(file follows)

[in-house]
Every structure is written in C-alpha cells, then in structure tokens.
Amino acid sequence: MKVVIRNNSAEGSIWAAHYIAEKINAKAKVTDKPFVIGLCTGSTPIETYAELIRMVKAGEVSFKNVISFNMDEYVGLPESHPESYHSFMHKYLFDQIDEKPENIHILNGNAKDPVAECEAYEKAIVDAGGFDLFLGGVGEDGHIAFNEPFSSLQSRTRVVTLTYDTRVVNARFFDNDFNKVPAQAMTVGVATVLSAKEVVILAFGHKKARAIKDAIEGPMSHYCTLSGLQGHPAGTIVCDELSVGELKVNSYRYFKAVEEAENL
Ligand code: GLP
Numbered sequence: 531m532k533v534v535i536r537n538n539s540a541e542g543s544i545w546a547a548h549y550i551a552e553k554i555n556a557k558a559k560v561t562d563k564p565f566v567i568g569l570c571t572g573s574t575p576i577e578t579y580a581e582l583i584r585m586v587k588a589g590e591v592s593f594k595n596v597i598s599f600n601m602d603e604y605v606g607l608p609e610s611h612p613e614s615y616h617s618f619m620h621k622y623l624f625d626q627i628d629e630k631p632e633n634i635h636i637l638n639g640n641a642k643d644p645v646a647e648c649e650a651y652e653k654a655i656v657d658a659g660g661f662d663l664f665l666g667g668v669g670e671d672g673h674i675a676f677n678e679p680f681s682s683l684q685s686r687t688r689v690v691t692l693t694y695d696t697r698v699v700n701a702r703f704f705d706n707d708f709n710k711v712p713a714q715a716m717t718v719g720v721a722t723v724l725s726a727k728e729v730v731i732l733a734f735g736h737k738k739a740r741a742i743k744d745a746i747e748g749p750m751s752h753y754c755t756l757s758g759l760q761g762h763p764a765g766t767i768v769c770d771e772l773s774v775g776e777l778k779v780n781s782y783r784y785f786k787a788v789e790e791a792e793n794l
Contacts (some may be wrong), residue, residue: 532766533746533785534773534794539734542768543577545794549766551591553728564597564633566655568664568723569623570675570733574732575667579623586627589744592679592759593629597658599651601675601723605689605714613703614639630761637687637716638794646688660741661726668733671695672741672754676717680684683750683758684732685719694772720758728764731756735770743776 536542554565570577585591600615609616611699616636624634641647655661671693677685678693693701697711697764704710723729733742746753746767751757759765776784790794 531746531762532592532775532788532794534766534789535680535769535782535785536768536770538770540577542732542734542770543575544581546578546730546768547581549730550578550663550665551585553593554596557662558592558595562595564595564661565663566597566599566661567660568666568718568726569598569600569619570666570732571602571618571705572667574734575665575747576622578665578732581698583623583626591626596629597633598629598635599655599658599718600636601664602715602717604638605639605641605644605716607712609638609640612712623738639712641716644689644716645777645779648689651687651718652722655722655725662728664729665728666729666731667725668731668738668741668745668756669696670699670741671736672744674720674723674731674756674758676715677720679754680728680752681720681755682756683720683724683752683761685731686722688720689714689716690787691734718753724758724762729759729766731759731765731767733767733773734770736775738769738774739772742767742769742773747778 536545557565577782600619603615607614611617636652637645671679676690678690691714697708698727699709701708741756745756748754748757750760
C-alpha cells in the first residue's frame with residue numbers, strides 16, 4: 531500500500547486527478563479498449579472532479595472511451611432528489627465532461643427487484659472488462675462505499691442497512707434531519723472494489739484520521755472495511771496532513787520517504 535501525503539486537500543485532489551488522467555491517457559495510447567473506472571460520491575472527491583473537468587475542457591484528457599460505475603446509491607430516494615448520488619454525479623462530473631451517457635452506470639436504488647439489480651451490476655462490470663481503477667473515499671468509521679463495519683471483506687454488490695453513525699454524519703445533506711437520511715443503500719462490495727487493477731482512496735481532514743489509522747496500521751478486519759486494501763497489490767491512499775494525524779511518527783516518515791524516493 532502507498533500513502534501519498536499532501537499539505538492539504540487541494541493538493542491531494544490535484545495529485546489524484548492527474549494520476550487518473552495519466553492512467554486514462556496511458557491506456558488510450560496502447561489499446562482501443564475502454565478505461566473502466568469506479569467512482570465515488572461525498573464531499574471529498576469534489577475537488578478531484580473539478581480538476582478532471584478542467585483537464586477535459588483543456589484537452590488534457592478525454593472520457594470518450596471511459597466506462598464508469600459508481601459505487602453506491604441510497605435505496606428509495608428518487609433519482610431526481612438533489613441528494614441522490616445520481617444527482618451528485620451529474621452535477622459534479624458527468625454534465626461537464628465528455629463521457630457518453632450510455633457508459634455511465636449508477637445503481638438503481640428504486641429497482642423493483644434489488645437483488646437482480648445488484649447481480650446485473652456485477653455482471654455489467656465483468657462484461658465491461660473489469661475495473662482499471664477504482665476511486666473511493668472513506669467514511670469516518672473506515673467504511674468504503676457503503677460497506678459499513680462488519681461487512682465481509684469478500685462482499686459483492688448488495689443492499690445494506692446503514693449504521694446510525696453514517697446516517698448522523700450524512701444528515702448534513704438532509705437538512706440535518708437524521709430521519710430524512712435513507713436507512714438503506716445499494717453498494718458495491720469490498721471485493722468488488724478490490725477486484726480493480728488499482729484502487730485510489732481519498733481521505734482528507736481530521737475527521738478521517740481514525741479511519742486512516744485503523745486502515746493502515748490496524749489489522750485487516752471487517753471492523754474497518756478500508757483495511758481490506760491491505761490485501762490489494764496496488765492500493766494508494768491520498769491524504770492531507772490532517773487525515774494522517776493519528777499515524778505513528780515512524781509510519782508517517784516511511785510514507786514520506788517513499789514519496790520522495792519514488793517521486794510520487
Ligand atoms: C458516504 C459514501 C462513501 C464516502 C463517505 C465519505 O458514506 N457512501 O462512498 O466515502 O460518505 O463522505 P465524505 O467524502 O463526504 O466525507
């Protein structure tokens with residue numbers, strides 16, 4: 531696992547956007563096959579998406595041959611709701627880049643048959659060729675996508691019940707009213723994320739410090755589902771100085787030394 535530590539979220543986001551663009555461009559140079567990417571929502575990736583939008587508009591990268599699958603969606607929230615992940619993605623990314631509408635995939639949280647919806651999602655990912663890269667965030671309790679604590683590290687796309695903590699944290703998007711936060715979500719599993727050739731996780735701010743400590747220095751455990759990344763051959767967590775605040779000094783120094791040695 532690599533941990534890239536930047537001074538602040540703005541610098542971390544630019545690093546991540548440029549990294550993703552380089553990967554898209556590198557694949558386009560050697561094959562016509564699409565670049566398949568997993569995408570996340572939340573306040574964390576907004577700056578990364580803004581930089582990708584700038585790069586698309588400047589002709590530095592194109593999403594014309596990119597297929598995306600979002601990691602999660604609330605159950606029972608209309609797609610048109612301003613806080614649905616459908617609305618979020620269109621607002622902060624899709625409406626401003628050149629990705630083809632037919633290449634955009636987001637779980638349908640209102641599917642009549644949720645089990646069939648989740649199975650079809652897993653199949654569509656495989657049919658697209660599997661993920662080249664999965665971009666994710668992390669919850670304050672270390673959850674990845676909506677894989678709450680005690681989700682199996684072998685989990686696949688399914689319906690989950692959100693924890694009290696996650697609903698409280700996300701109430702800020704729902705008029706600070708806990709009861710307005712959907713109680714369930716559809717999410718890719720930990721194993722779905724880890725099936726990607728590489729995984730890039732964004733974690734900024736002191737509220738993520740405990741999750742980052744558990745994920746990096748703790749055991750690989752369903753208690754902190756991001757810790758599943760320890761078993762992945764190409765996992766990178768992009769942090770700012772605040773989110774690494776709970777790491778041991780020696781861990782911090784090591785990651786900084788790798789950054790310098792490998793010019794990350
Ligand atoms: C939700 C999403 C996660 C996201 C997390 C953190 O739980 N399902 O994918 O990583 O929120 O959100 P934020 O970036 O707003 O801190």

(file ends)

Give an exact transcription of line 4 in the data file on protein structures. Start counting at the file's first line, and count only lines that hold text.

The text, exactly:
Ligand code: GLP